1. The appellant obtained a decree for money against the respondent and in execution of the decree attached certain crops standing on the land belonging to the latter. An objection was taken to the attachment on the ground that the land was granted as jagir without the power of alienation and that, therefore, the crops could not be attached. The Court of first instance held that the land had been granted to the ancestors of the respondent by way of maintenance and that Court was of opinion that one-half should be left to the respondent by way of maintenance and the other half might be attached by the decree-bolder.
2. On appeal, the learned District Judge held that usufruct of property was not property and could not be attached, and accordingly he disallowed the application for execution altogether.
3. The decree-holder has appealed to this Court. We are of opinion that the view taken by the District Judge is wholly incorrect. The land is inalienable, but the crops belong to the respondent which he can transfer at his pleasure. We think there is nothing to prevent his creditor from attaching the crops : and we fail to appreciate the reasoning by which the learned Judge holds that the crops or the usufruct of property is not property. He seems to have confused the right to enjoyment of the land with the produce of the land.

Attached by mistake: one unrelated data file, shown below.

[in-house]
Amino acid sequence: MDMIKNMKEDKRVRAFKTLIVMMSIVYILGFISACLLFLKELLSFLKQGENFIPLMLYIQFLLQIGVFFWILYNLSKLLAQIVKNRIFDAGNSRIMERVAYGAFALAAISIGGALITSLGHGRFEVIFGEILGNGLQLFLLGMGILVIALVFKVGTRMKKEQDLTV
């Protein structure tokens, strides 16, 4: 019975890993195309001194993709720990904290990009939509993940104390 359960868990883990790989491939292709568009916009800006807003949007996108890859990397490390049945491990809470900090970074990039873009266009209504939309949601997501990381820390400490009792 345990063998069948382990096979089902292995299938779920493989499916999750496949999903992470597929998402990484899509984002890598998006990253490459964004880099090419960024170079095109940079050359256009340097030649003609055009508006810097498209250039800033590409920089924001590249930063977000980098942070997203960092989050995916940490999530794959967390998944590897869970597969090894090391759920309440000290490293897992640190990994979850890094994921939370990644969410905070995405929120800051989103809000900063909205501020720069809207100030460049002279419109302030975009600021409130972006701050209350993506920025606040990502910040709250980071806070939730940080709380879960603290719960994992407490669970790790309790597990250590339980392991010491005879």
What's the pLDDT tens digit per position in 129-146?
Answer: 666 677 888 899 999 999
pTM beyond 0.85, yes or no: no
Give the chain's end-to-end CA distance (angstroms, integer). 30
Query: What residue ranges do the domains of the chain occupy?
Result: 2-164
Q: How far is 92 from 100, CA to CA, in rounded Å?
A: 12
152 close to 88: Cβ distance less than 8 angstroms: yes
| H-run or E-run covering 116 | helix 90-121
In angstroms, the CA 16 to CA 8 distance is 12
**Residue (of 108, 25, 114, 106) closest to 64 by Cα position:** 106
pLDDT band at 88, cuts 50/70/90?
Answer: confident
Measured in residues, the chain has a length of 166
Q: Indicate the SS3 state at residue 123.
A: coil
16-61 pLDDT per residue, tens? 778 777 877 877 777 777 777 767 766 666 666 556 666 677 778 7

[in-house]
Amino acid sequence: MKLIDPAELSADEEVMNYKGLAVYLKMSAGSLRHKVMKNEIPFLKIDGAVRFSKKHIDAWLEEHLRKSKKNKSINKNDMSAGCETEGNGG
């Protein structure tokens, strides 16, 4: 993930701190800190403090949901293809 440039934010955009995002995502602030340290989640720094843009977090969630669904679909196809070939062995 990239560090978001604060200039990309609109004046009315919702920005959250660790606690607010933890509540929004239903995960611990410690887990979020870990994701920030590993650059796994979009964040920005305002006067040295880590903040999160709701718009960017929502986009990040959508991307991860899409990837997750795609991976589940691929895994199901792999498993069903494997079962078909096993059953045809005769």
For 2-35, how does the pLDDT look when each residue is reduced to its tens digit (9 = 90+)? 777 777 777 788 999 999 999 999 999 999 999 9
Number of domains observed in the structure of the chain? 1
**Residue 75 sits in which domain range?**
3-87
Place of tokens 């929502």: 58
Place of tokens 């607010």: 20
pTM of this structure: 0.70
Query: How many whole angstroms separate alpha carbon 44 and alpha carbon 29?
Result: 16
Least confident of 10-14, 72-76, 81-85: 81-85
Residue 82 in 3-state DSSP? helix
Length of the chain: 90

4. The learned Vakil for the respondent has attempted to support the decree of the lower Appellate Court upon a different ground, namely, that the land which had been granted to the ancestors of the respondent was a pension' under Section 11 of the Pensions Act and, therefore, could not be attached in execution of the decree. We are of opinion that there is no force in this contention. The word pension', as pointed in the case of the Secretary of State for India in Council v. Khemchand Jeychand 4 B. 432., 'in Section 11 is used in its ordinary and well known sense viz., that of a periodical allowance or stipend granted, not in respect of any right, privilege, perquisite or office, but on account of past services or particular merits or as compensation to dethroned princes, their families and dependants' and that view of the word ''pension' has been accepted in the case of Ainna Bibi v. Najmunnissa Bibi 2 Ind. Cas. 100 : 6 A.L.J. 519 : 5 M.L.T. 388 : 31 A. 882. The word 'pension' has the same meaning in Section 60 of the Code of Civil Procedure. Here no periodical allowance was made by Government, but the land itself was granted without the power of alienation, and the grantee had the full right of enjoyment of the property without the power of alienation. The property sought to be attached by the decree-holder is not the land but the crops standing on it, and as we have said there is nothing in law to prevent the decree-holder from, attaching the crops. As, however, there was no appeal against the order of the first Court by the decree-holder to the lower Appellate Court, the order of the lower Appellate Court is set aside and the order of the first Court restored with costs of this Court and of the Court of Appeal below. The hearing fee is assessed at two gold mohurs.